The ICC has four Orthodox traditions: Antiochian, Greek, Romanian and Russian.
Orthodoxy in Ireland
No Orthodox parish existed in Ireland before 1969. A small number of Russian emigrés arrived shortly after the 1917 Revolution, among them Nicholas Couriss later to be Ireland’s first resident Orthodox priest. Several hundred Orthodox including Greek and Greek Cypriots settled in the country by the early 1950s. In 1969 a parish was established by the Russian Church Abroad (ROCOR) with Father Nicholas as priest. A number of Irish were received into the Church. From 1971–3 he was assisted by Fr Michael Beaumont, University College Dublin lecturer and priest of the Moscow Patriarchate. Father Nicholas died in 1977 and with him the house chapel.
The first Greek Church was consecrated in 1981 at St Mary’s, Mary Street, Dublin. In 1986 the building was declared unsafe. A mendicant period ensued. A permanent building at Arbour Hill was consecrated in 1994. Father Tom Carroll is their pastor (086–239 4539). The present congregation of the Church of the Annunciation is multinational and numbers about 70.
The late 90s saw an influx of people from Eastern Europe. The Russian Church (Moscow Patriarchate) began its services in 1999 with monthly Liturgies at the Greek Church Arbour Hill, but subsequently moved to premises at Harold’s Cross Dublin in 2002, thanks to the Church of Ireland (Anglican) with Fr Mikhail Nasunov (+353–86–734 7934) as pastor. There are about 1,500 members of the church. Fr Nicolay Evseev (+353–86–100 9531) is pastor of the Russian community at St Joseph’s Roman Catholic church in Drogheda. They also have monthly Liturgies for members in Cork, Limerick and Waterford.
The Romanian Church came into being with its own priest in October 2000. From January 2001 worship took place in Belvedere College chapel in the centre of Dublin, courtesy of the Jesuit Fathers. In June 2005, the Church of Ireland made available their church building at Christ Church Leeson Park, Dublin 6 to the Romanian community. The Pastor of the Exaltation of the Holy Cross is Fr Calin Florea (+353–87–614 8140); his assistant Fr Constantine Uncu (087– 251 2101). There are two deacons. A second Dublin parish is in Hartstown Community Centre, Hartstown Road, Dubin 15 with Fr Raul Simion pastor (+353–87–639 4530) and Fr Godfrey O’Donnell assistant (+353–87–678 0150) who is also ecumenical representative of the Church in Ireland; there is a deacon. A third Dublin parish is found in Porter’s Road, Coolmine Industrial Estate, Dublin 15 with Fr Ireneu Craciun pastor (+353–87–794 1988) and Fr Petru Vlaic assistant (+353–86–394 0784). A seventh priest, Fr Viorel Hurjui (+353–87–677 2241) was appointed pastor in Cork, and Fr Tudor Ghita (+353–86–228 2690) was ordained with responsibility for a new parish in Galway at St Nicholas Collegiate, Lombard Street. Fr Tudor also services Limerick at the Sisters of Mercy, Westbourne Convent, Courtbrack Avenue. Fr Cornel Clepea (+44–777 525 9542) looks after Ballymena at All Saints RC church, 4 Broughshane Road, BT43 7DX; St Paul’s, Falls Road, Belfast, BT12 6AB has a liturgy once a month with Fr Cornel. There are also occasional Liturgies in Carlow, Kildare, Kilkenny, Mullingar, Portlaoise, Sligo and Waterford. This church serves about 1,500 in the Dublin area, about 120 in the other parishes.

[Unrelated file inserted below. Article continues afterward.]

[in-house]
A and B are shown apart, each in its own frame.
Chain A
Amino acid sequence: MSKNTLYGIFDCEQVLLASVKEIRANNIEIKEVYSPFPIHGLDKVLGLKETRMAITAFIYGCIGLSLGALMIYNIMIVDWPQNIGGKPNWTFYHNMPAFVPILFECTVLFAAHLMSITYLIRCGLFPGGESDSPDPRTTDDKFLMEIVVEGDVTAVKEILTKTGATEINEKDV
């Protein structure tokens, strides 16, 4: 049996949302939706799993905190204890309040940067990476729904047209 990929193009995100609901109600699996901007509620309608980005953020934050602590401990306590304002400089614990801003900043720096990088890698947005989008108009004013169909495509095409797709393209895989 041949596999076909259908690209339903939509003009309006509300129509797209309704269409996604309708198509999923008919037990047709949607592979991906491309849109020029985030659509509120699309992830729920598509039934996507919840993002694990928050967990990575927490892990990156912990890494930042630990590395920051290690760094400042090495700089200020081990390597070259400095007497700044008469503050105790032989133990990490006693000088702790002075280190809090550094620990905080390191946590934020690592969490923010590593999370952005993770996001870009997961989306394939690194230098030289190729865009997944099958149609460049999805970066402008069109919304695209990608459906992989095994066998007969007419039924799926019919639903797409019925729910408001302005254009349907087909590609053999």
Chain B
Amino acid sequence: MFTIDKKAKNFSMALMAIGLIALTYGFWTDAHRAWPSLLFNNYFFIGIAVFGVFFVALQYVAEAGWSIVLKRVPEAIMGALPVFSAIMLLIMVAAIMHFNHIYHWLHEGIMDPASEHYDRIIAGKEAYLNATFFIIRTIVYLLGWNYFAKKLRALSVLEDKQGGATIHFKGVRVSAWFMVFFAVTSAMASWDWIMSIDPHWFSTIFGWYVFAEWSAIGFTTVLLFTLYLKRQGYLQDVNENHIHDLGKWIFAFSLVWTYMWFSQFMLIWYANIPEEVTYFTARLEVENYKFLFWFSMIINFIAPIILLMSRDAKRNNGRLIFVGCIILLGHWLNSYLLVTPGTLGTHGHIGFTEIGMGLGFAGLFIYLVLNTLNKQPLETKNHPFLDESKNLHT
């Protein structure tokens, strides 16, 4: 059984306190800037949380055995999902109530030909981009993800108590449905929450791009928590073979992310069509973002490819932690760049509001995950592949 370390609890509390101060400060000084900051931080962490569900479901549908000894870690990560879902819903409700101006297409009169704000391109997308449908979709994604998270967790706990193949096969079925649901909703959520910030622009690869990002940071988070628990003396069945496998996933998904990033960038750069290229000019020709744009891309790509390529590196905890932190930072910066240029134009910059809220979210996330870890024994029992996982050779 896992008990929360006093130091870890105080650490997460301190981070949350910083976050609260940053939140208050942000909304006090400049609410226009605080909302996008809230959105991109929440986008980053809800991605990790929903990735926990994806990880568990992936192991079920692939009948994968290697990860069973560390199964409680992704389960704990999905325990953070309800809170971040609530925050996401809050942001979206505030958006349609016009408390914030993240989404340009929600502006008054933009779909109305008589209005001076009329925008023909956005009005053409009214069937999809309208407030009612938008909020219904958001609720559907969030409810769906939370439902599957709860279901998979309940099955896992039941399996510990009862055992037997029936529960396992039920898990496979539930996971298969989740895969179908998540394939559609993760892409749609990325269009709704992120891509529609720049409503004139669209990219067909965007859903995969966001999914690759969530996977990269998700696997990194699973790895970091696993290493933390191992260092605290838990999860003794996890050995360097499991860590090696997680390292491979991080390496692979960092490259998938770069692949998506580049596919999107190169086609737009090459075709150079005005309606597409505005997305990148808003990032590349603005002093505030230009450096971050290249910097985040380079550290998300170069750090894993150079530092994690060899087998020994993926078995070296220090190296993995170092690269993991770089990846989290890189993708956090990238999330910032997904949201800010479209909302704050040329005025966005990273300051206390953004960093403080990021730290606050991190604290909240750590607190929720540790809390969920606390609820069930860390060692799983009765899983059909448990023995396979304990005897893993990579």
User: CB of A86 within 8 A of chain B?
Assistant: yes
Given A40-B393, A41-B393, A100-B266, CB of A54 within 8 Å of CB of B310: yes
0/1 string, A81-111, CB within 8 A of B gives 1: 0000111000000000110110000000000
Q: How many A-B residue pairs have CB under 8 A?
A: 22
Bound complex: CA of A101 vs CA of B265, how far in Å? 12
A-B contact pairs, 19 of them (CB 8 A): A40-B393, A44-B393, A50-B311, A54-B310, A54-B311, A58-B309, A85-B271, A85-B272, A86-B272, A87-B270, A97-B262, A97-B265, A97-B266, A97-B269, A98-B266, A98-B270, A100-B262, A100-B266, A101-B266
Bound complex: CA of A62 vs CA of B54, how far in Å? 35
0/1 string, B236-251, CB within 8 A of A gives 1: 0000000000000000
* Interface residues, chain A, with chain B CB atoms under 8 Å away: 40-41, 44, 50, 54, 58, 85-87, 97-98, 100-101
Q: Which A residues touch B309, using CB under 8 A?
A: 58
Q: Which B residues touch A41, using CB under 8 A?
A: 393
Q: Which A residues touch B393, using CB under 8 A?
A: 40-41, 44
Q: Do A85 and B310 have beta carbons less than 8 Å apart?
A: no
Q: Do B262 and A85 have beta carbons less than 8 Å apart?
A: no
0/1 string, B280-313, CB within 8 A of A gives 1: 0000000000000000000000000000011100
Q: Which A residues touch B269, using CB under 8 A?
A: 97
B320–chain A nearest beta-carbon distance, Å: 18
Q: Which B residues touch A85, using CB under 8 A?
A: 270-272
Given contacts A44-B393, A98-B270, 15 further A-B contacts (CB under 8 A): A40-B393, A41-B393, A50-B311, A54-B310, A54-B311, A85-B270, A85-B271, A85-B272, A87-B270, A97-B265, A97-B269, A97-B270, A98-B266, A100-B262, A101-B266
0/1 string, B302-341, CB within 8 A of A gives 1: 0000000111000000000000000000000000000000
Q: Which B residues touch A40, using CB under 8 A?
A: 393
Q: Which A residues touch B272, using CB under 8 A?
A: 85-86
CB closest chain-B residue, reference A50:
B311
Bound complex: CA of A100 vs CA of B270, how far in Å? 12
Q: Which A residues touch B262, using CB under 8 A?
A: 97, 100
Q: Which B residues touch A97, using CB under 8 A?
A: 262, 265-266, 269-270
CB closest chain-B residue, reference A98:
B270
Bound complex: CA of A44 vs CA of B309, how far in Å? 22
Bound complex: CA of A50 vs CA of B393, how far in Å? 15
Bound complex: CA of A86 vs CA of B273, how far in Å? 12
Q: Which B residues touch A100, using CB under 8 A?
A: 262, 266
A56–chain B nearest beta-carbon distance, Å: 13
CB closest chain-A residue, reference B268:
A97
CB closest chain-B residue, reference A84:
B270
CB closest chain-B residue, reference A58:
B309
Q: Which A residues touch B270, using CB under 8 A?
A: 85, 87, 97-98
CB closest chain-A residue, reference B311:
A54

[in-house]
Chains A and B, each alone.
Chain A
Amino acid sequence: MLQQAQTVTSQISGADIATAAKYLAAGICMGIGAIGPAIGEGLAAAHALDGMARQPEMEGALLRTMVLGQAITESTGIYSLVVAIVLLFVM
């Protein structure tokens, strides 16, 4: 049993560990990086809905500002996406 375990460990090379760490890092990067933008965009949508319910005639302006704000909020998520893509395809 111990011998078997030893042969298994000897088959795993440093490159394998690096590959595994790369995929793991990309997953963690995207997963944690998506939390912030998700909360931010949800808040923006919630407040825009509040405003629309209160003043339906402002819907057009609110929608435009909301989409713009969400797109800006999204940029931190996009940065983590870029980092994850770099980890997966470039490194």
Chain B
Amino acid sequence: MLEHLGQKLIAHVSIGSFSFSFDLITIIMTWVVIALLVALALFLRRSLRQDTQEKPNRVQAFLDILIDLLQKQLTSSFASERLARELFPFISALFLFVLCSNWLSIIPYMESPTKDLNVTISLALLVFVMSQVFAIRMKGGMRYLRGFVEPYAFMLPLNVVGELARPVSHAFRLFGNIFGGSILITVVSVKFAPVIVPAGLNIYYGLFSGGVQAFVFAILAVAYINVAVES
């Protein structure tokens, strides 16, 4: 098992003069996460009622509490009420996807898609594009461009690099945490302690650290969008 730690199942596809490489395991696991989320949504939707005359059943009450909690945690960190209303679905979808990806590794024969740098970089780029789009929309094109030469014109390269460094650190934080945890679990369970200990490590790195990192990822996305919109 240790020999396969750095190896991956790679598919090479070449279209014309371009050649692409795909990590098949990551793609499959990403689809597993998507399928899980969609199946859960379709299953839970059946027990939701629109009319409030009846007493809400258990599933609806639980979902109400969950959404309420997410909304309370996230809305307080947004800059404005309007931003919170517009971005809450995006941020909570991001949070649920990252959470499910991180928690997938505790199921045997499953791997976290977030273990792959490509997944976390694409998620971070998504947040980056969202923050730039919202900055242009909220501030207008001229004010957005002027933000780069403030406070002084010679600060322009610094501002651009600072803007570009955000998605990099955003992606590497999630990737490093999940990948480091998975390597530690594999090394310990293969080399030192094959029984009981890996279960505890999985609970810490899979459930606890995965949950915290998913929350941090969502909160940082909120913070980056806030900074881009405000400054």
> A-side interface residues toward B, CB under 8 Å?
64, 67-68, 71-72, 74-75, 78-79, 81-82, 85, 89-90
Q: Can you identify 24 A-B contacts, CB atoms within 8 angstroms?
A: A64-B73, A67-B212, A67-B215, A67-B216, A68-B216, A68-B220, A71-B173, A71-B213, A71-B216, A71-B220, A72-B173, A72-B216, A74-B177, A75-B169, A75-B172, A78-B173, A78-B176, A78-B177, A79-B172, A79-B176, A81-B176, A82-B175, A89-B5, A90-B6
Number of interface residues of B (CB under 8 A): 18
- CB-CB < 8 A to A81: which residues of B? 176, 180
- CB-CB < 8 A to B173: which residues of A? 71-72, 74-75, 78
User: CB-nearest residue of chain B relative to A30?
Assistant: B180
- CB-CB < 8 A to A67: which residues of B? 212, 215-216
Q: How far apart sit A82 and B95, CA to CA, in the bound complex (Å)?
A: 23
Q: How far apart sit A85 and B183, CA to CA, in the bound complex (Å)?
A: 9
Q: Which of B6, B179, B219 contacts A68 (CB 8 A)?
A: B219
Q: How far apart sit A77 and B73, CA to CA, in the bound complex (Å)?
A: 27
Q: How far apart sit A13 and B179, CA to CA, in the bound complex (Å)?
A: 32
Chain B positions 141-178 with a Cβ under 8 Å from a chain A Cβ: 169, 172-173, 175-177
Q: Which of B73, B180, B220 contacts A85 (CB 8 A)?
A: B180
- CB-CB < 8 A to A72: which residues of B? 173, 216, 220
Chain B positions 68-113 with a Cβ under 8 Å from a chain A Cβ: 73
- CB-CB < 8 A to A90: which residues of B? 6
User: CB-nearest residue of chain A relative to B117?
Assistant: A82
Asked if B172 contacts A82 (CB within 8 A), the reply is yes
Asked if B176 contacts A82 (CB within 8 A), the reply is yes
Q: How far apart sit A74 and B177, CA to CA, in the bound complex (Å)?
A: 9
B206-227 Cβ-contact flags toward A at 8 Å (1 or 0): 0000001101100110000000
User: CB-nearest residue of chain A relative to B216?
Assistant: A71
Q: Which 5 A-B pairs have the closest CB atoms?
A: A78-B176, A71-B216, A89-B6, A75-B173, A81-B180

The Antiochian Orthodox Church founded in Ireland in 2004. They have two parishes, one in Belfast, St Ignatius’, St James COI, Corner of Antrim Rd & Cliftonville Rd, with Fr Paul Totten (+44–7798 655548) as pastor and a community of 50. Fr John Hickey (+353–86–791 3689) is pastor at the Carmelite Church Community Centre, Whitefriar Street Off Aungier Street, Dublin 2. Fr John also holds a Liturgy in Holy Trinity Friary, Fr Mathew Quay, Cork on the first Saturday of each month. The deanery priest Fr David Lonergan (+353–87–652 7184) currently serves the Georgian Orthodox parish of St Maximos the Confessor at St Mary’s Church, Bloomfield Avenue, Dublin 4.
Three of these Orthodox Churches are apostolic in origin. The church of Greece has approximatively 9 million members. The Antiochian, one of the ancient Christian patriarchates, 750,000. According to the 2002 Romanian census, 18,817,975 out of the 21,680,974 inhabitants of Romania are Orthodox Christians (86.8%). In terms of population the Church of Romania is second in size only to Russia, and the most numerous Orthodox Church of any state in the EU. Christianity in Russia developed slowly from a gradual infiltration from Byzantium, Bulgaria and Scandinavia with definitely a church in Kiev in 945. The Russian Princess Olga became a Christian in 955. Around 988 Olga’s grandson Vladimir who reigned from 980–1015 was converted to Christianity and married Anna sister of the Byzantine emperor. Orthodoxy became the state religion. Today there are 150 million adherents worldwide.
The Orthodox Mission in Ireland
The mission of the Orthodox Church in Ireland is seen as fulfilling the instruction of Christ our Saviour to ‘go and make disciples of all nations, baptising them in the name of the Father, and of the son and of the Holy Spirit, and teaching them to obey everything that I have commanded you’ (Mt 28, 19–20) since He ‘desires everyone be saved and come to knowledge of the truth’ (1 Tim 2, 4). In Ireland this will be primarily done by continuing to preach and serve those Orthodox of the diaspora presently living and working in Ireland, other Orthodox who have no spiritual home, and those others, particularly Irish, who might be drawn to the Orthodox faith. For us it is not about getting into competition with other Christian Churches. It is about sharing the riches of our tradition and an invitation ‘to come and see.’(Jn 1, 46)